Safe Swaddling Made Easy
HALO® SleepSack® Swaddle: Safe Swaddling, Made Easy
In addition to helping your baby sleep safer, the HALO® SleepSack® Swaddle helps baby sleep better, too. Its adjustable swaddle wrap immobilizes baby’s arms to prevent the “Moro” or startle reflex. And, it is the only 3-way adjustable swaddle that adjusts to your baby’s sleep style. Swaddle arms in, hands-to-face, one or both arms out to ensure baby’s best sleep and an easy and gentle transition to the SleepSack® wearable blanket when it is time to stop swaddling. It’s the easy and safe way to swaddle.
The ONLY 3-Way Swaddle that Adjusts to your Baby's Sleep Style
Every baby has different sleep preferences. Only, the adjustable HALO SleepSack Swaddle provides 3 easy ways to swaddle to ensure your baby’s best sleep.
Swaddle Your Baby in 3 Easy Steps:
The Benefits of Swaddling
After being tightly cuddled inside mom for nine months, it's no wonder that some babies enjoy being swaddled after birth. It makes them feel snug, warm and secure. Swaddling can help calm many fussy or crying babies and even help them sleep longer in the first few months of life. In fact, many cultures have been swaddling their infants for thousands of years. Basic benefits of swaddling:
- Swaddling is a great way to soothe and calm a fussy baby by giving him a feeling of security, similar to being in the womb.
- A newborn cannot regulate his temperature as well as an adult, so swaddling keeps his body warm. (Just make sure that he doesn’t become overheated.)
- Swaddling often helps a baby sleep longer because it prevents the sudden movements (startle reflex) that can cause him to wake up.
- Swaddling can help a baby focus on breastfeeding, helping to keep his arms and legs out of the way.
- Swaddling prevents a newborn baby from scratching himself with his nails.
When Swaddling Your Baby Remember These Important Safety Tips:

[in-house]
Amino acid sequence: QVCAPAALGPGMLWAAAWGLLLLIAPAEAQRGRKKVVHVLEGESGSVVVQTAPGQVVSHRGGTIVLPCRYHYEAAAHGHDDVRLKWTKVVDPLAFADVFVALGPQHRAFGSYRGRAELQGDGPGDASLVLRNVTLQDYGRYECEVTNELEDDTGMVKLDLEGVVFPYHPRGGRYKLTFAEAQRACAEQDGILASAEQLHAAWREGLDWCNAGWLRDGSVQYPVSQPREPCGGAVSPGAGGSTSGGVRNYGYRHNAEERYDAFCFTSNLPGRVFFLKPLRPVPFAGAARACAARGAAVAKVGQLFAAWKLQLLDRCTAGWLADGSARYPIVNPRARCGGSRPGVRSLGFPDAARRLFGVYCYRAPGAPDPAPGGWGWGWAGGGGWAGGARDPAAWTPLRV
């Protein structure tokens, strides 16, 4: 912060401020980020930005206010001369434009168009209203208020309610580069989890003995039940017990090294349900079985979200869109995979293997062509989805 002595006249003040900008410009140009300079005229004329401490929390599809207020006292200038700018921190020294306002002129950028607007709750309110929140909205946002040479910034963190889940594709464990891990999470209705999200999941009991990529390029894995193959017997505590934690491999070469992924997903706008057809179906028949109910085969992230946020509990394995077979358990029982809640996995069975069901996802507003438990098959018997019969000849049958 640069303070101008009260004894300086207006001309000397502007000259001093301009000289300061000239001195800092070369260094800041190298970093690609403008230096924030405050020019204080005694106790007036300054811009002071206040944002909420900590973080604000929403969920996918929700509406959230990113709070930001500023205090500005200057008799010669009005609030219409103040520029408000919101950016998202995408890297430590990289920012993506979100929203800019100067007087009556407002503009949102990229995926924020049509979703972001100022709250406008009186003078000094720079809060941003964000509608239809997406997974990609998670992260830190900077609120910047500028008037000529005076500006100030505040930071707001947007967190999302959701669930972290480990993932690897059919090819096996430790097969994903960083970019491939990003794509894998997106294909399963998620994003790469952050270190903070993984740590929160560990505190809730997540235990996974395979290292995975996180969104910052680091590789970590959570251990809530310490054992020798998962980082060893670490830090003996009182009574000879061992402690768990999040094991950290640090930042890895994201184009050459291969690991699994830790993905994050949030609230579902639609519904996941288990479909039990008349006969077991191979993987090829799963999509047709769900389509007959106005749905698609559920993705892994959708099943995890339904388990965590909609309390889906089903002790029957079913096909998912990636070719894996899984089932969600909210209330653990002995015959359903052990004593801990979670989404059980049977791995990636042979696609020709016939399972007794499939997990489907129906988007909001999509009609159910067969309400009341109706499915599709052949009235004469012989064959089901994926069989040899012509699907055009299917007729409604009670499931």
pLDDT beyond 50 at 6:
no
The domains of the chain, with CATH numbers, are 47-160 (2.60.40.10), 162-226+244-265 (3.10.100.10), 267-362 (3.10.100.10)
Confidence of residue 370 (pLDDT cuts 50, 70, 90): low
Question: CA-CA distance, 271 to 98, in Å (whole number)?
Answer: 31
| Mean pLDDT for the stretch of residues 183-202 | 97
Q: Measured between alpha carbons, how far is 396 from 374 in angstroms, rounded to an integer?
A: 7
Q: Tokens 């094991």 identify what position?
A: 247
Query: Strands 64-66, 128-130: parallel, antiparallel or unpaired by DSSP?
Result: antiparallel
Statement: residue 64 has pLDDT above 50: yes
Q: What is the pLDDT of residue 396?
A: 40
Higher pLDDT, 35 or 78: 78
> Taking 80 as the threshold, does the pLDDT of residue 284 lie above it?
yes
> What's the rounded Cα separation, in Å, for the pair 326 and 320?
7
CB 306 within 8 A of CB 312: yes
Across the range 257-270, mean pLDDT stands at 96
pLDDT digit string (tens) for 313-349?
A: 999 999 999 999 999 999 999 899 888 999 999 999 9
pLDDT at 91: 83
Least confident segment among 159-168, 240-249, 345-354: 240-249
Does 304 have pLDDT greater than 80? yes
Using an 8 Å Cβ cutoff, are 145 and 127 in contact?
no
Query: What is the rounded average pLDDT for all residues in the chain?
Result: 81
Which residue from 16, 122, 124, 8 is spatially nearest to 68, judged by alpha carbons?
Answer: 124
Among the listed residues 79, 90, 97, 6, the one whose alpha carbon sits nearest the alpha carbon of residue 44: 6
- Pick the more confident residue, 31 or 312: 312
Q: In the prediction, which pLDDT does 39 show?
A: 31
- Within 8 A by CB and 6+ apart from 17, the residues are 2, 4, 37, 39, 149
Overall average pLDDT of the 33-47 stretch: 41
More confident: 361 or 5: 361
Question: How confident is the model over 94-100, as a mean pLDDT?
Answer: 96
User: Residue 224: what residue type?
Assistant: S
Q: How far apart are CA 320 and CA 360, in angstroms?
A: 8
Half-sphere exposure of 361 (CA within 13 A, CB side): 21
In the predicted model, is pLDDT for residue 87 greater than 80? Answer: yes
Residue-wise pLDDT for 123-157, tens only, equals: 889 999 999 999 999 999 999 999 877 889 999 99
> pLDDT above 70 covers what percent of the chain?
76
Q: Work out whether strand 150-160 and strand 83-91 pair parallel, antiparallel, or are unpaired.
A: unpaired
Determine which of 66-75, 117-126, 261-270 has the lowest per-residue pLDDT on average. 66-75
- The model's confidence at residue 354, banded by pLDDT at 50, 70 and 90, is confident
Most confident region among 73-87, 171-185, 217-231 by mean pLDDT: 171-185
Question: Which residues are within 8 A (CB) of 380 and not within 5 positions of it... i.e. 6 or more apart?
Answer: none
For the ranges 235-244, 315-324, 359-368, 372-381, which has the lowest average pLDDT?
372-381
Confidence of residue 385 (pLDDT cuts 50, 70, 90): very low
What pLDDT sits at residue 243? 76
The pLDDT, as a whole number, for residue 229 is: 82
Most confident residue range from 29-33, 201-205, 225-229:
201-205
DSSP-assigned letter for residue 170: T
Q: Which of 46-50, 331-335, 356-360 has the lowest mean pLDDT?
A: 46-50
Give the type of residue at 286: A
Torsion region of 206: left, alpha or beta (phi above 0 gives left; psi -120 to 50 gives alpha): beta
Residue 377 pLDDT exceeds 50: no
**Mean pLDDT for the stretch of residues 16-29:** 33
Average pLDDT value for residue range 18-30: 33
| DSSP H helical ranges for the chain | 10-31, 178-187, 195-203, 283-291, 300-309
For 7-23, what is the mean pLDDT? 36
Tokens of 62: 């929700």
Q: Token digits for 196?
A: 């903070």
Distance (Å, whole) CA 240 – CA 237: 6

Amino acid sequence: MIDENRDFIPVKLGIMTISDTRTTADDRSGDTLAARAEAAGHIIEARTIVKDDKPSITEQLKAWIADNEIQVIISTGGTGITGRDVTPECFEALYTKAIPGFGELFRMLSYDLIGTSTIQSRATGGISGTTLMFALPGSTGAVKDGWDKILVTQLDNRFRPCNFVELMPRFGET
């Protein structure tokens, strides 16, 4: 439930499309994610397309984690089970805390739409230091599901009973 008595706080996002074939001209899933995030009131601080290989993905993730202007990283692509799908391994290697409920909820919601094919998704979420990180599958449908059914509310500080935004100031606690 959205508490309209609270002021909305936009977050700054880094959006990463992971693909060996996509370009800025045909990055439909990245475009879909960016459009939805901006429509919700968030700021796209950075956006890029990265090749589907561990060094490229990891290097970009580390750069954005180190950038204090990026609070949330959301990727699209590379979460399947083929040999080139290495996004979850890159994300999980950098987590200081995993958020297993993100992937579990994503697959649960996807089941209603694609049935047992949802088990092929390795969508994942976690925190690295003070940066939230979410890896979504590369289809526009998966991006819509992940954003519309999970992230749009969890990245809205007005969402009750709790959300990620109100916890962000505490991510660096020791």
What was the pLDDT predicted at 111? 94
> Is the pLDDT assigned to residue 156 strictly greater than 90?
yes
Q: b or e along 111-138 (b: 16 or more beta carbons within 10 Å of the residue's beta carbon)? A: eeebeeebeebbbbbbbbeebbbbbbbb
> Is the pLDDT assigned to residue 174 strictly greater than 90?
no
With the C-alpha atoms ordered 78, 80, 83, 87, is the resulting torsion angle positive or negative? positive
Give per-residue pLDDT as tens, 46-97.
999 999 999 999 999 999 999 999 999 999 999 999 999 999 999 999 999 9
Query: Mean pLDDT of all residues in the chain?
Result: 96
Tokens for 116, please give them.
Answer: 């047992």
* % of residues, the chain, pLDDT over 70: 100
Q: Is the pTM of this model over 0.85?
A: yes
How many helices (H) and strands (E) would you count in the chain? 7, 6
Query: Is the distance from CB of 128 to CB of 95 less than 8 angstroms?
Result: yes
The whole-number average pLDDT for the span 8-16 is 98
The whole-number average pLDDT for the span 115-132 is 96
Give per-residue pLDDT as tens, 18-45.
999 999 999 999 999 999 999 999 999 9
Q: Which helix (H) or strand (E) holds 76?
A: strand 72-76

- Always place your baby to sleep on his or her back.
- Besides the SleepSack Swaddle, DO NOT put any additional blankets, pillows or stuffed animals in the bed with your baby.
- Swaddling should be discontinued when your baby shows signs of rolling over or breaking free from the swaddle wrap. When this occurs, transition your baby into a SleepSack wearable blanket.
- Some babies prefer to be swaddled with their arms out. The HALO SleepSack Swaddle can be used either with baby’s arms in or out, depending on baby’s preference.
- To reduce the risk of fabric accidentally covering baby's mouth or nose, swaddle wrap must be snug, appropriately sized, positioned around baby's torso and securely fastened.
- It’s important that you select the appropriate size for you baby. Please refer to the SleepSack wearable blanket size chart to select the proper size for your baby.
How to Transition your Baby When it is Time to Stop Swaddling
It’s a common dread: the thought of no longer swaddling your baby as swaddling becomes an important bedtime routine for both you and your baby. When the time comes to transition your baby*, parents often fear sleepless nights ahead. But change is good. This is a positive change meaning your baby is growing and developing, and ready to learn some self-soothing skills.
Thankfully, the HALO® SleepSack® Swaddle is designed with this transition in mind. Its adjustable design means you can make this transition gradually.
- Swaddle One Arm Out. First, try a night or two with a “one arm swaddle”. That is exactly what it sounds like – keep one arm swaddled and secure, and leave the other arm out and free. This way, she has that hand free to suck her fingers and self soothe while still feeling the snug comfort of the swaddle. If you notice that your baby seems to show a preference sucking one hand over the other, that’s the one to leave free.
- Swaddle Two Arms Out. When your baby acclimates to the one arm swaddle, move on to swaddling your baby with both of her hands free. This should help to make his graduation to the SleepSack wearable blanket easier for you and your little one.
*Pediatricians recommend discontinuing swaddling when your baby shows signs of breaking free from the swaddle or rolling over.